Chapter 6

The declining sun had shifted the shadows from west to east amongst the houses of the town. It had shifted them upon the whole extent of the immense Campo, with the white walls of its haciendas on the knolls dominating the green distances; with its grass-thatched ranchos crouching in the folds of ground by the banks of streams; with the dark islands of clustered trees on a clear sea of grass, and the precipitous range of the Cordillera, immense and motionless, emerging from the billows of the lower forests like the barren coast of a land of giants. The sunset rays striking the snow-slope of Higuerota from afar gave it an air of rosy youth, while the serrated mass of distant peaks remained black, as if calcined in the fiery radiance. The undulating surface of the forests seemed powdered with pale gold dust; and away there, beyond Rincon, hidden from the town by two wooded spurs, the rocks of the San Tome gorge, with the flat wall of the mountain itself crowned by gigantic ferns, took on warm tones of brown and yellow, with red rusty streaks, and the dark green clumps of bushes rooted in crevices. From the plain the stamp sheds and the houses of the mine appeared dark and small, high up, like the nests of birds clustered on the ledges of a cliff. The zigzag paths resembled faint tracings scratched on the wall of a cyclopean blockhouse. To the two serenos of the mine on patrol duty, strolling, carbine in hand, and watchful eyes, in the shade of the trees lining the stream near the bridge, Don Pepe, descending the path from the upper plateau, appeared no bigger than a large beetle.

With his air of aimless, insect-like going to and fro upon the face of the rock, Don Pepe's figure kept on descending steadily, and, when near the bottom, sank at last behind the roofs of store-houses, forges, and workshops. For a time the pair of serenos strolled back and forth before the bridge, on which they had stopped a horseman holding a large white envelope in his hand. Then Don Pepe, emerging in the village street from amongst the houses, not a stone's throw from the frontier bridge, approached, striding in wide dark trousers tucked into boots, a white linen jacket, sabre at his side, and revolver at his belt. In this disturbed time nothing could find the Senor Gobernador with his boots off, as the saying is.

At a slight nod from one of the serenos, the man, a messenger from the town, dismounted, and crossed the bridge, leading his horse by the bridle.

Don Pepe received the letter from his other hand, slapped his left side and his hips in succession, feeling for his spectacle case. After settling the heavy silver-mounted affair astride his nose, and adjusting it carefully behind his ears, he opened the envelope, holding it up at about a foot in front of his eyes. The paper he pulled out contained some three lines of writing. He looked at them for a long time. His grey moustache moved slightly up and down, and the wrinkles, radiating at the corners of his eyes, ran together. He nodded serenely. `Bueno,' he said. `There is no answer.'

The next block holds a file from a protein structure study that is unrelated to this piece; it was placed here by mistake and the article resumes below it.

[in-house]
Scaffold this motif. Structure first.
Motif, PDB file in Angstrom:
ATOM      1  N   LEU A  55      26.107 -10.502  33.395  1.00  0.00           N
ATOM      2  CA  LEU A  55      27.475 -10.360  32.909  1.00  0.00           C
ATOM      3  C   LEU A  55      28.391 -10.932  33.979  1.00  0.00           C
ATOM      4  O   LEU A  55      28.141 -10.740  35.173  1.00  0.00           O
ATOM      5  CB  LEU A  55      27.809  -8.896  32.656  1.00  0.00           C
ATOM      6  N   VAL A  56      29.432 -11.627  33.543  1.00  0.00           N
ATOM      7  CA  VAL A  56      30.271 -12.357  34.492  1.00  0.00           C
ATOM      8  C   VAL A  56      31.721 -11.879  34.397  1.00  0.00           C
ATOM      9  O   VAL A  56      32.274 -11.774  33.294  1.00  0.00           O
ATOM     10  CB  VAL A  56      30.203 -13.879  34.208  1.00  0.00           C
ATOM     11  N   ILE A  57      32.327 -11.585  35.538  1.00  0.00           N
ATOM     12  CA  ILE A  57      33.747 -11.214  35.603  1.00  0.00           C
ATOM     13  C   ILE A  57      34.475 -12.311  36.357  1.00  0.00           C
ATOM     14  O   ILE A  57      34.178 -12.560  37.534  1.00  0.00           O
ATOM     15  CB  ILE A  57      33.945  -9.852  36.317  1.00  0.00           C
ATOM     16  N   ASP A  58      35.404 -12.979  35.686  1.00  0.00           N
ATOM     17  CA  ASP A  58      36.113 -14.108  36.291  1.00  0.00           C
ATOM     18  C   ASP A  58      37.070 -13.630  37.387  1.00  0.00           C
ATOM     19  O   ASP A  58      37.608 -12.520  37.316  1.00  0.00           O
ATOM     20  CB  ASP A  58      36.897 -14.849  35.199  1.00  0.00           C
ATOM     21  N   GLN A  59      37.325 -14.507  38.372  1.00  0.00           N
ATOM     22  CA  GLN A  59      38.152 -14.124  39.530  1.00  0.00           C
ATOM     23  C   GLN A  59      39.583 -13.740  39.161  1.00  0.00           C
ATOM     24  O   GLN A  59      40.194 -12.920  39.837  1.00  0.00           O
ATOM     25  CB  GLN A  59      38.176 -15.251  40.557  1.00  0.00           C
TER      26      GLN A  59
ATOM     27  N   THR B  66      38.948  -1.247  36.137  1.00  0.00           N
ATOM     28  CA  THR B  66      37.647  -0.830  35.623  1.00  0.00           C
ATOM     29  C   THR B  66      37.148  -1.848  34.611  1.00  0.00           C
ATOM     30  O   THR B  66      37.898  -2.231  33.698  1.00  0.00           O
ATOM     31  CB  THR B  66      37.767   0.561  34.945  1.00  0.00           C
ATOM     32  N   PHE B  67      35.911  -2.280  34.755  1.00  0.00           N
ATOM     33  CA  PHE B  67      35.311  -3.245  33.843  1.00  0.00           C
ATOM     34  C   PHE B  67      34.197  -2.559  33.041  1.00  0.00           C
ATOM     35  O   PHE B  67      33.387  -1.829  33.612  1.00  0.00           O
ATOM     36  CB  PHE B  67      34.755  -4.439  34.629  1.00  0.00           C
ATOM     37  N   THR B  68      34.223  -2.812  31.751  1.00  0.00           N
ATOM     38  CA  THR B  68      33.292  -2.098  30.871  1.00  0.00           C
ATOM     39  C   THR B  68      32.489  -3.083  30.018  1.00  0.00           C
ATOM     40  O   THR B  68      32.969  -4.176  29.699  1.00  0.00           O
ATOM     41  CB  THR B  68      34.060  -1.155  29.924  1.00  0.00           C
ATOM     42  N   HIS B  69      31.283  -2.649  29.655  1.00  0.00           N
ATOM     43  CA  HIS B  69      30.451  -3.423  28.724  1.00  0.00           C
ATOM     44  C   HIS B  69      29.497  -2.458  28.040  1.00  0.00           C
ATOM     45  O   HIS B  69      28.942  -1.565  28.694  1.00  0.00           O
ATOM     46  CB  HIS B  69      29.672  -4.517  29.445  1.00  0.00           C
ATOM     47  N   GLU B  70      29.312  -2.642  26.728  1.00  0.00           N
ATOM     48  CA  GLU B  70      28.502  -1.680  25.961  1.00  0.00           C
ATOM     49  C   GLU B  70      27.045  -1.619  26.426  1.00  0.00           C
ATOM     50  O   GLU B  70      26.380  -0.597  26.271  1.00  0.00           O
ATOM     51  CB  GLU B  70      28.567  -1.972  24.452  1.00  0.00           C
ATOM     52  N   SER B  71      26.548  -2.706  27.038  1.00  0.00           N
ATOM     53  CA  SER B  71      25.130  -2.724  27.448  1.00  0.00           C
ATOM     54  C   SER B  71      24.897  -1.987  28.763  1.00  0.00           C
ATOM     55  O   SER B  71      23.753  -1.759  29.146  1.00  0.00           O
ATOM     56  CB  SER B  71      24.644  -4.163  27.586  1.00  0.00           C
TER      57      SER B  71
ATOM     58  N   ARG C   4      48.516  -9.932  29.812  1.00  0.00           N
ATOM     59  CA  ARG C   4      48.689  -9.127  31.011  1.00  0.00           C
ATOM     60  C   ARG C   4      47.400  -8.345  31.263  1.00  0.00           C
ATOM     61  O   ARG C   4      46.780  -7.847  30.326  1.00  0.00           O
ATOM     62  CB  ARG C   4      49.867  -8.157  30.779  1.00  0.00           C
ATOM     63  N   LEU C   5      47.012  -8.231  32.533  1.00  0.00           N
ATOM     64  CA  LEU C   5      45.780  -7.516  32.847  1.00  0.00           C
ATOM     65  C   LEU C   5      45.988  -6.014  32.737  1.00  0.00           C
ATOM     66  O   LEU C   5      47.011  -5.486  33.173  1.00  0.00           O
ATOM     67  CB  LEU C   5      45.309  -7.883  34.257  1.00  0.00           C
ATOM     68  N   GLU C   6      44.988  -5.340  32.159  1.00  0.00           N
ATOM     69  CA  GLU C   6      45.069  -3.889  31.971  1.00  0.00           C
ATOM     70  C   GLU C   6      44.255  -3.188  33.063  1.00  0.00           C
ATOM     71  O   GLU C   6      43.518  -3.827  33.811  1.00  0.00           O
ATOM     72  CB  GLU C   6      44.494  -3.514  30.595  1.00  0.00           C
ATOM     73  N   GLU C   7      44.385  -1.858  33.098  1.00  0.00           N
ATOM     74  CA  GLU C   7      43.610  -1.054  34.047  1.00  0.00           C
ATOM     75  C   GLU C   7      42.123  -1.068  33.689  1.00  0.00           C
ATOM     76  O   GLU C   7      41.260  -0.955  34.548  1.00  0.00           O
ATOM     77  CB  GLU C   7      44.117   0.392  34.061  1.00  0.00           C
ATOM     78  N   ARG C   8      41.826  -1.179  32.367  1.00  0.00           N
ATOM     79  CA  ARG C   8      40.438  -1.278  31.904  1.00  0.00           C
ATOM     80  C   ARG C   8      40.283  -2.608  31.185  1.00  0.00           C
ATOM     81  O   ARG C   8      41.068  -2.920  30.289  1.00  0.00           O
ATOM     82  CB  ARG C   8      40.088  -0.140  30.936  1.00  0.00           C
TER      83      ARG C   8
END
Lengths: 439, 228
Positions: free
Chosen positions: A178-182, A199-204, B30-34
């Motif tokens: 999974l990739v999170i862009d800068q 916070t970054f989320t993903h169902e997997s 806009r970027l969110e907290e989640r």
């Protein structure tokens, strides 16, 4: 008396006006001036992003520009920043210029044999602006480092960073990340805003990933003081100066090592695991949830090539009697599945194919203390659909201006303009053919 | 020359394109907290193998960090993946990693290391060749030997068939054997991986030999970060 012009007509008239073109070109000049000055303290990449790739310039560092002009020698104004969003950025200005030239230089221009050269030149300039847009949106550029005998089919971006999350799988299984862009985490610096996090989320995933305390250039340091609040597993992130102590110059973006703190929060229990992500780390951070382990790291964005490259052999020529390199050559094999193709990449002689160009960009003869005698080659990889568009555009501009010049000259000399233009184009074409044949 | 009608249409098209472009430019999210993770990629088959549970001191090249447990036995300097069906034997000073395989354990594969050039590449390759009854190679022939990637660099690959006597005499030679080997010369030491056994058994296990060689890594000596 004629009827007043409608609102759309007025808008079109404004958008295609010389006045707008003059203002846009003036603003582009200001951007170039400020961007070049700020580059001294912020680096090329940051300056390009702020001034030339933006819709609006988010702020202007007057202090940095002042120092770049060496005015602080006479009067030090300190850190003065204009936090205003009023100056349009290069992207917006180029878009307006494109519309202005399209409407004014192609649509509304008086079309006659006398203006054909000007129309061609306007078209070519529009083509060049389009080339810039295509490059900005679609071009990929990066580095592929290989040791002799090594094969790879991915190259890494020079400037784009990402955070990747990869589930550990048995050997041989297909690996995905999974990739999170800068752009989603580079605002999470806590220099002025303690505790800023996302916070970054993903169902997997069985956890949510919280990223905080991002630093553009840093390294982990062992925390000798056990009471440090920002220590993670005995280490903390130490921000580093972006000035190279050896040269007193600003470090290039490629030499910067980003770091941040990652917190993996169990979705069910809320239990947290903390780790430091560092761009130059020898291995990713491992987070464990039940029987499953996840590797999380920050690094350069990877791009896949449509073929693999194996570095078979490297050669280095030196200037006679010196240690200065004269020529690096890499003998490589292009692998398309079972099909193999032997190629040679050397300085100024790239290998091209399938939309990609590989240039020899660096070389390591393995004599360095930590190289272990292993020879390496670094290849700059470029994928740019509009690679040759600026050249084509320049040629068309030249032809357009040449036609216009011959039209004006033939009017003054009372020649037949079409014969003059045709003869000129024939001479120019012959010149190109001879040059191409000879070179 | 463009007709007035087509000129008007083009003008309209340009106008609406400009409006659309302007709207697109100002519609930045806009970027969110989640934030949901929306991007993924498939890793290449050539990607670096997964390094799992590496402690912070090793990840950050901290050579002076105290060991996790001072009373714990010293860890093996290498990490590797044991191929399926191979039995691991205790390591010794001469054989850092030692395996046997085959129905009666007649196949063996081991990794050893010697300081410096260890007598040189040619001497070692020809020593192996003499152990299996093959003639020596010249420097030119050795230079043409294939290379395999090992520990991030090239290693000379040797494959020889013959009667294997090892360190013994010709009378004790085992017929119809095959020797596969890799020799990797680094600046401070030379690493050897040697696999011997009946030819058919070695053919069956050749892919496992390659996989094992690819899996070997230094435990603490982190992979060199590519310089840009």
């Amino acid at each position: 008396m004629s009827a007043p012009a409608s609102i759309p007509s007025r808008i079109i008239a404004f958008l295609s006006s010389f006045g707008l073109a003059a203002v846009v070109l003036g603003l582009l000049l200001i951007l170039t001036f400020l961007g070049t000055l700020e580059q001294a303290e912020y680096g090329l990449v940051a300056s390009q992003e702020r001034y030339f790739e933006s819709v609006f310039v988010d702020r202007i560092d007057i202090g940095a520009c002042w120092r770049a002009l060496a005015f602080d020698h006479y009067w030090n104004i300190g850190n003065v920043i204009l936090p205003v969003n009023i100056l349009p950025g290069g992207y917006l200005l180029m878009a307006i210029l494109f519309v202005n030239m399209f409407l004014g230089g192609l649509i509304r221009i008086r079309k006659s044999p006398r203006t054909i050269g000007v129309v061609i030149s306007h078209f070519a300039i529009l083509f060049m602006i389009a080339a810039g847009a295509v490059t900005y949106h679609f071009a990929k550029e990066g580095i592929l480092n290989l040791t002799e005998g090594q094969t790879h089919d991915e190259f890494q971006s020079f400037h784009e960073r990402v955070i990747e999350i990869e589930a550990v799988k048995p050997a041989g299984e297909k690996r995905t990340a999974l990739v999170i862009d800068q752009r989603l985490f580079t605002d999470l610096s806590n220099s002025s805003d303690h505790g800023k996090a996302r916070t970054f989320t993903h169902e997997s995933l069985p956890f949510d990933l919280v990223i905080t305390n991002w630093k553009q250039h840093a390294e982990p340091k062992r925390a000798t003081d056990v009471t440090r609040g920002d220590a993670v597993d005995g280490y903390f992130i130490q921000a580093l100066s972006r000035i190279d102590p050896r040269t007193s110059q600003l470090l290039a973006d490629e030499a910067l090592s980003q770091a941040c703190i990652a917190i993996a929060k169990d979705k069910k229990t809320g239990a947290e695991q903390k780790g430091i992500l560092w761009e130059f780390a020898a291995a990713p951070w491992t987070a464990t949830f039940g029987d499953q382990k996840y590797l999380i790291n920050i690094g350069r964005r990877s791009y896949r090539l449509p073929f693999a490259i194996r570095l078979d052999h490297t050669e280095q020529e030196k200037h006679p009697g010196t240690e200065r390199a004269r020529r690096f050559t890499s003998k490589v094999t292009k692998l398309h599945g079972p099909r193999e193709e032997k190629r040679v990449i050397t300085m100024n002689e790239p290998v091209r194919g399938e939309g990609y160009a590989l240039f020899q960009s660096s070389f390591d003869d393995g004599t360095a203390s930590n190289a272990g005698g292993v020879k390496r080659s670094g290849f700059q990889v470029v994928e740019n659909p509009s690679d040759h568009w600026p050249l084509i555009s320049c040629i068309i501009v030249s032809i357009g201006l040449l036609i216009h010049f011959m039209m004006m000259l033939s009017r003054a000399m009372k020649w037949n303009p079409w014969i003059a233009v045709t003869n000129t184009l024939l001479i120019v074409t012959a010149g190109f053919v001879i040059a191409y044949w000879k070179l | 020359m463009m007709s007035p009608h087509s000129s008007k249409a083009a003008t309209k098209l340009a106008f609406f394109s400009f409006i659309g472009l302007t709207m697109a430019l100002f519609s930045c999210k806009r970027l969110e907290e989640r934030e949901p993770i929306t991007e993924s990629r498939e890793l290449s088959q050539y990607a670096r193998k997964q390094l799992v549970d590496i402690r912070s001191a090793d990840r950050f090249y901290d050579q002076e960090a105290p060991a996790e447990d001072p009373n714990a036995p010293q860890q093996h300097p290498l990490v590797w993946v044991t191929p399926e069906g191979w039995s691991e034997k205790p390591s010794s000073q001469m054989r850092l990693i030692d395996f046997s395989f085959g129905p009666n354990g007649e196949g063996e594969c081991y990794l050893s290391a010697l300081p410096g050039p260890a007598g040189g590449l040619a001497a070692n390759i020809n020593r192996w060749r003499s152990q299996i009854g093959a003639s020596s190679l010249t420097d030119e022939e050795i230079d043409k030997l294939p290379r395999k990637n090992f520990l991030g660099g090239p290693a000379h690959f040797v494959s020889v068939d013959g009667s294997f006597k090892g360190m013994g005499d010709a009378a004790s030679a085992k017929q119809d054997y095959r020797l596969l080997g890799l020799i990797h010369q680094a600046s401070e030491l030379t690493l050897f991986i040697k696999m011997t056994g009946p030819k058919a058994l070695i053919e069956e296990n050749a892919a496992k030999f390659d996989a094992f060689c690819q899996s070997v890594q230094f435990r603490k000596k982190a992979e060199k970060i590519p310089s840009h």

Then, in his quiet, kindly way, he engaged in a cautious conversation with the man, who was willing to talk cheerily, as if something lucky had happened to him recently. He had seen from a distance Sotillo's infantry camped along the shore of the harbour on each side of the Custom House. They had done no damage to the buildings. The foreigners of the railway remained shut up within the yards. They were no longer anxious to shoot poor pople. He cursed the foreigners; then he reported Montero's entry and the rumours of the town. The poor were going to be made rich now. That was very good. More he did not know, and, breaking into propitiatory smiles, he intimated that he was hungry and thirsty. The old major directed him to go to the alcalde of the first village. The man rode off, and Don Pepe, striding slowly in the direction of a little wooden belfry, looked over a hedge into a little garden, and saw Father Roman sitting in a white hammock slung between two orange trees in front of the presbytery.

An enormous tamarind shaded with its dark foliage the whole white frame-house. A young Indian girl with long hair, big eyes, and small hands and feet, carried out a wooden chair, while a thin old woman, crabbed and vigilant, watched her all the time from the veranda.

Don Pepe sat down in the chair and lighted a cigar; the priest drew in an immense quantity of snuff out of the hollow of his palm. On his reddish-brown face, worn, hollowed as if crumbled, the eyes, fresh and candid, sparkled like two black diamonds.

  By PanEris using Melati.

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